(As Seen in Huffington Post)
You’re not my dad! Touché! Alright, what do you do next? You had better take a deep breath and pause… because you’re in a fight that won’t be fought fairly. It’s part of parenting. Kids get to fight dirty, parents never should. Kids keep their arsenal ready. All the time. And they always use the most damaging ammunition they can find. You don’t need to be a step-parent, a foster-parent, adoptive-parent, or guardian for that to happen. Even traditional parents get targeted with non-Geneva-Convention-approved ordinance.
I came from a traditional family and I used illegal tactics all the time when I was a teen. “You’re a hypocrite!” “At least I’m not putting on a show for people outside the family!” “I hate you!” Yep. Teens don’t fight nice. Being in a non-traditional family isn’t really much different other than kids get access to a few dirty weapons that their peers don’t. It doesn’t matter. If they didn’t have those, they’d use others. You’re a parent (whether they like it or not) and you are going to spend the next several years in fights where your opponent won’t fight fair. Don’t you fight dirty, though.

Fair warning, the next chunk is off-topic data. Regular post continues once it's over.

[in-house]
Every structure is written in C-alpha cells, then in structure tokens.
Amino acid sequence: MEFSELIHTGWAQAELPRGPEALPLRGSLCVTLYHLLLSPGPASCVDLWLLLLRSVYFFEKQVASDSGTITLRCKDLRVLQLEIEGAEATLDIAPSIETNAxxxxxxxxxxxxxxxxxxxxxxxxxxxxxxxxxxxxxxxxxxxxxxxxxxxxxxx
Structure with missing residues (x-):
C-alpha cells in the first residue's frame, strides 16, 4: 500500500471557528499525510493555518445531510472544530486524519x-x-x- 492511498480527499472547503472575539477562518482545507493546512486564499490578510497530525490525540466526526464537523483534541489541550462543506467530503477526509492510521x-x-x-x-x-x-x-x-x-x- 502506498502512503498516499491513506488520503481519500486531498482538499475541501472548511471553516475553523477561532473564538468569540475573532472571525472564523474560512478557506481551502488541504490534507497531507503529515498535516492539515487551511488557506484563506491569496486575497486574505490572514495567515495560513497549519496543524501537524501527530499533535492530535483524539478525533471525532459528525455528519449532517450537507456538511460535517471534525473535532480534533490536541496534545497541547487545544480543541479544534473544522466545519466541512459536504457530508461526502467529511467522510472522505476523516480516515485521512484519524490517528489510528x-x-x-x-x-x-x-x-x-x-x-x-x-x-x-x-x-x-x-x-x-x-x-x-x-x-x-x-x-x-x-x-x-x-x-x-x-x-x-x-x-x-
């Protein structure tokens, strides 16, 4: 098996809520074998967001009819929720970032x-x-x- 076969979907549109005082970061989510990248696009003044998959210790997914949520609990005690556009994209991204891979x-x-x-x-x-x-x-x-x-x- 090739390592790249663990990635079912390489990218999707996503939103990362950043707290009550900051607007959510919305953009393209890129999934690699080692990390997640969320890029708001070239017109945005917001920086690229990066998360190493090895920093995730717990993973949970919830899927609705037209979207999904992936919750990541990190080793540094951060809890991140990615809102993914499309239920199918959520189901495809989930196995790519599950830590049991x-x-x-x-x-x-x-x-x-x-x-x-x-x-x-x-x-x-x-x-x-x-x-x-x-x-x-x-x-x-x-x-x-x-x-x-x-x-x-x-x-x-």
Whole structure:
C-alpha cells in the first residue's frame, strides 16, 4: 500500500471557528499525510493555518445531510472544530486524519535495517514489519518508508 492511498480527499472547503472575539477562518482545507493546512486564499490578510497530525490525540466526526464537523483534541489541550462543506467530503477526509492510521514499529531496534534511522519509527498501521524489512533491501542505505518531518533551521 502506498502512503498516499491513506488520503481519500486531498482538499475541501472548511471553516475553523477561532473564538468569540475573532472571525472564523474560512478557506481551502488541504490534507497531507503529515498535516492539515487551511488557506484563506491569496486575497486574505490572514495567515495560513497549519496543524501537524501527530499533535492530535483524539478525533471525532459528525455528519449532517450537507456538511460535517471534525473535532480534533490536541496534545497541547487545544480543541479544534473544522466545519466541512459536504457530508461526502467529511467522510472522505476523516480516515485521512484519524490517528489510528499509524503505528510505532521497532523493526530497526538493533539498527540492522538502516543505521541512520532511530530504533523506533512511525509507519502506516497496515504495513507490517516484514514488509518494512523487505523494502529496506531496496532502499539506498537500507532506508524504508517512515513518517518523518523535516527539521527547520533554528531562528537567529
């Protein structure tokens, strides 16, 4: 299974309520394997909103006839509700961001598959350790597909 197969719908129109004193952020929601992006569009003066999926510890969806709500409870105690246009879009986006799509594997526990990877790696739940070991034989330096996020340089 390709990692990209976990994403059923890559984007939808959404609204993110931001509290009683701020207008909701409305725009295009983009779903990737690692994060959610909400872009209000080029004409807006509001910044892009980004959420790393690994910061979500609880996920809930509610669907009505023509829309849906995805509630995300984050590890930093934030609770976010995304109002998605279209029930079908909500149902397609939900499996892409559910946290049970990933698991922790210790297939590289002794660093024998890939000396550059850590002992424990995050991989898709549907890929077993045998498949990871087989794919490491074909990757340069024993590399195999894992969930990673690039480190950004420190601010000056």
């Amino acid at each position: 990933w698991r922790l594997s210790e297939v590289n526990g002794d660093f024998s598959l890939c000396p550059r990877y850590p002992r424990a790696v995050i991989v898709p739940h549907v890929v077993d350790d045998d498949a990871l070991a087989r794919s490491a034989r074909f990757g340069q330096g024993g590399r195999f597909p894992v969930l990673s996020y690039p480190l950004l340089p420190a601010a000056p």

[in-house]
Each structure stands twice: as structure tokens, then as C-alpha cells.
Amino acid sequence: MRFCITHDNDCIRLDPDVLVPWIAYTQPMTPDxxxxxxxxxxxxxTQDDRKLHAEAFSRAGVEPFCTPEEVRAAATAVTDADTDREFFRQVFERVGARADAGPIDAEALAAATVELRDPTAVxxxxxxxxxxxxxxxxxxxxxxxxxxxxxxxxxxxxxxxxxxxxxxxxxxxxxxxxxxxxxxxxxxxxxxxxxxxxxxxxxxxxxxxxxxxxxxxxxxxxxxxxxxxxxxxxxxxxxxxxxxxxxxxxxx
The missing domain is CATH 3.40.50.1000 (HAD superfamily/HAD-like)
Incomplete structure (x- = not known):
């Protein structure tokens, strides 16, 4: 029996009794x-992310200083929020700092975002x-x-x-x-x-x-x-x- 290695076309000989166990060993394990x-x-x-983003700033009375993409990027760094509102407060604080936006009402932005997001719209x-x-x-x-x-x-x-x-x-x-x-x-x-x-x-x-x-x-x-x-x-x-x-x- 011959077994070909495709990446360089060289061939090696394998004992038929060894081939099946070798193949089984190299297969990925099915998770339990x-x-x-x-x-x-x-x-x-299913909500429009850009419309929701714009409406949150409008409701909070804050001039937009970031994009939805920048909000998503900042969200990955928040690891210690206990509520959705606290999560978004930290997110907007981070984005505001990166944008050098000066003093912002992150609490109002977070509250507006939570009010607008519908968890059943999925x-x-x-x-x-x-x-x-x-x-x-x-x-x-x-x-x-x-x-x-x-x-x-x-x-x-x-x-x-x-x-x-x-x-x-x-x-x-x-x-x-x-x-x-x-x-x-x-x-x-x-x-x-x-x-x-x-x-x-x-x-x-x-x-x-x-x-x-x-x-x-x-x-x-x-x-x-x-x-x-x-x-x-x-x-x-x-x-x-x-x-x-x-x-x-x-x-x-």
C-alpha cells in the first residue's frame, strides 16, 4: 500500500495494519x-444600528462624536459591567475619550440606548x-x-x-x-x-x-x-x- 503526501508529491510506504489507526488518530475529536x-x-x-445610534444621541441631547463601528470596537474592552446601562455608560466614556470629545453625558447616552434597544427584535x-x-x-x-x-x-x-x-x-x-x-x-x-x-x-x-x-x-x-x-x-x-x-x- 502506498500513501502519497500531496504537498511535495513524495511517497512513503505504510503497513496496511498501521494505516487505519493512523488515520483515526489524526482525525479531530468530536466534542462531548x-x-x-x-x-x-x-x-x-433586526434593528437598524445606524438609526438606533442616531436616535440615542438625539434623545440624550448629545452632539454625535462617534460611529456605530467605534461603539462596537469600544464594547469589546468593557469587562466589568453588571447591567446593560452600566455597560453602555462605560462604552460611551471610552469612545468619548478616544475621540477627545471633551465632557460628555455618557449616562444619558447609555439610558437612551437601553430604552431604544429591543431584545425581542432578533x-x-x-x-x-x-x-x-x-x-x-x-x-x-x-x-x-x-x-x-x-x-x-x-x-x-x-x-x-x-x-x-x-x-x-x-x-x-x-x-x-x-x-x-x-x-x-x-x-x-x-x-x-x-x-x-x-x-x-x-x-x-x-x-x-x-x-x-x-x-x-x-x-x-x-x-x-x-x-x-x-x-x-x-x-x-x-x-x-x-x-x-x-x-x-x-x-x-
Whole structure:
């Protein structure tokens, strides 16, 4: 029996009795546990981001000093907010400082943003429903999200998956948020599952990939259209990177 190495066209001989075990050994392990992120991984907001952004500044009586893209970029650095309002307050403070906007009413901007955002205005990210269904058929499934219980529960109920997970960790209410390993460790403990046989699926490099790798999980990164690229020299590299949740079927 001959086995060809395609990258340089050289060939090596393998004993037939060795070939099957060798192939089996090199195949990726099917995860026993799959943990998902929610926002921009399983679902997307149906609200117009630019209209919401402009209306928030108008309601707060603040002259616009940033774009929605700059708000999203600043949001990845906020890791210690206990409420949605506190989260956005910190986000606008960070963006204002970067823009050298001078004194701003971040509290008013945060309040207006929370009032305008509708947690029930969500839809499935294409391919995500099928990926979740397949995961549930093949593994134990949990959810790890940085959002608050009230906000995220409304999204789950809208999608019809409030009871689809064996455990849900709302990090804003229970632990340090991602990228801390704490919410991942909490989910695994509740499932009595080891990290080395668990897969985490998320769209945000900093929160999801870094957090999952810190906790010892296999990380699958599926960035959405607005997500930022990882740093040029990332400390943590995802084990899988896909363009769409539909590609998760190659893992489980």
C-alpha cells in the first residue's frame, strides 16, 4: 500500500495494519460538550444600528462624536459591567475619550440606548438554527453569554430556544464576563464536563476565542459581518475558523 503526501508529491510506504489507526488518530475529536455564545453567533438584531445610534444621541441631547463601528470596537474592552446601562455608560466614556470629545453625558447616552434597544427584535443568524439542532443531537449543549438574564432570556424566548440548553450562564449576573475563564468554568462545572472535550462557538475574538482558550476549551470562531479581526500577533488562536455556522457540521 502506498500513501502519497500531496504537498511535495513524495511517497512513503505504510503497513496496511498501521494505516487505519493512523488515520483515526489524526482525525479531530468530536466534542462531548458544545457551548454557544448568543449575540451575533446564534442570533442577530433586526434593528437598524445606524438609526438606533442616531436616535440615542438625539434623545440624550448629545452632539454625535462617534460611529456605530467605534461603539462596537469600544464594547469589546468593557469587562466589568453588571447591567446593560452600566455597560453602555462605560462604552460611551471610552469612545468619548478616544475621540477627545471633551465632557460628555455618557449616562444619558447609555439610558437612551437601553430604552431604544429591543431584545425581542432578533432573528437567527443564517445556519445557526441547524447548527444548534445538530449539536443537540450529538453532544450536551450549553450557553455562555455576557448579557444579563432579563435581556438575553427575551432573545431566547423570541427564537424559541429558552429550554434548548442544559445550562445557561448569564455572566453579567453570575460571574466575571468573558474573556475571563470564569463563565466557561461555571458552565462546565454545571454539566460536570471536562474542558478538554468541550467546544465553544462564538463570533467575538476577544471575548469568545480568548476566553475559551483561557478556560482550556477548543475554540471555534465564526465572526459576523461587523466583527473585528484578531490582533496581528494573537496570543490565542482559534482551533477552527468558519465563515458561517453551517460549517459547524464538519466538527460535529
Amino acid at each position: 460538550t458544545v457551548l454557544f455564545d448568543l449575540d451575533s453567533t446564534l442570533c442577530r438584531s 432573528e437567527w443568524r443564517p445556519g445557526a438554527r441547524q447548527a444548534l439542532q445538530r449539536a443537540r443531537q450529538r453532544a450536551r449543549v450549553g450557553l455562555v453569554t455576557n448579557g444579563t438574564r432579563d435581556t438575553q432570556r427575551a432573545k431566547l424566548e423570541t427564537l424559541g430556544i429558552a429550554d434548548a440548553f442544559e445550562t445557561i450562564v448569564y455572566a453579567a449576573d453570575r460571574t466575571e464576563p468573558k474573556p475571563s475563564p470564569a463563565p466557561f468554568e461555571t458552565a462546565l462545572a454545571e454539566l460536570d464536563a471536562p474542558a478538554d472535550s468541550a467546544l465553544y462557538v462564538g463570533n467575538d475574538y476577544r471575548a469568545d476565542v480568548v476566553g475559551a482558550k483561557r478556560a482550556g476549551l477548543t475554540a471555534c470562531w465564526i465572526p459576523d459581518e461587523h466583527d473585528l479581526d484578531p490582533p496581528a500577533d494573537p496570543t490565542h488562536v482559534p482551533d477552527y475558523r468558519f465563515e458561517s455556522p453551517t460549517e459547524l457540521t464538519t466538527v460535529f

Stay away from the word “real.”
When it comes to parents and parenting,
it’s pointless in an argument.
Get rid of your own dirty bombs and promise yourself you’ll never use them. “Damn straight you ain’t my kid!” “I wouldn’t want you to be my child!” and other such retorts are examples of weapons you should never use. Lose a few battles of will, and win the war of helping to mold a responsible and compassionate adult. By using inappropriate weapons in battle, you will lose that war.
Stay away from the word “real.” When it comes to parents and parenting, it’s pointless in an argument. “Oh, I’m your dad, alright. Ask the judge!” I threw back at my own daughter. “We’re a family. We have rules, here. And even after you’re eighteen, I’ll still be your dad, so get used to it! You’re not getting out of this family, Princess.”
I have teens. We fight. Nothing on earth is more natural.
Of course birthparents are real parents, whether we like it or not. And personally, I have no problem with that. Six of my children would not even have lives had it not been for real parents that society chooses to call birth-parents. No matter how good or bad they were at parenting, there can be no denying that they are “real” parents. I’m a “real” parent too. I’m a real adoptive dad. You might be a real step mother, a real foster dad, or any number of “real” types of parents. It simply doesn’t matter. We are parents and we have parental responsibilities. One of those responsibilities is to teach kids by our own examples how to be respectable adults. And we can’t do that by fighting dirty, like kids do.
“Anatole is your birth-father. Of course he’s your father. I’m your adoptive father. I’m your father, too. Guess which one of us is going to decide whether or not you go to that party, tonight.” I have teens. We fight. Nothing on earth is more natural. I always have one goal in mind when I find myself in that situation: No matter how much my child hates me when the fight is over, I want them to understand how much I love them.
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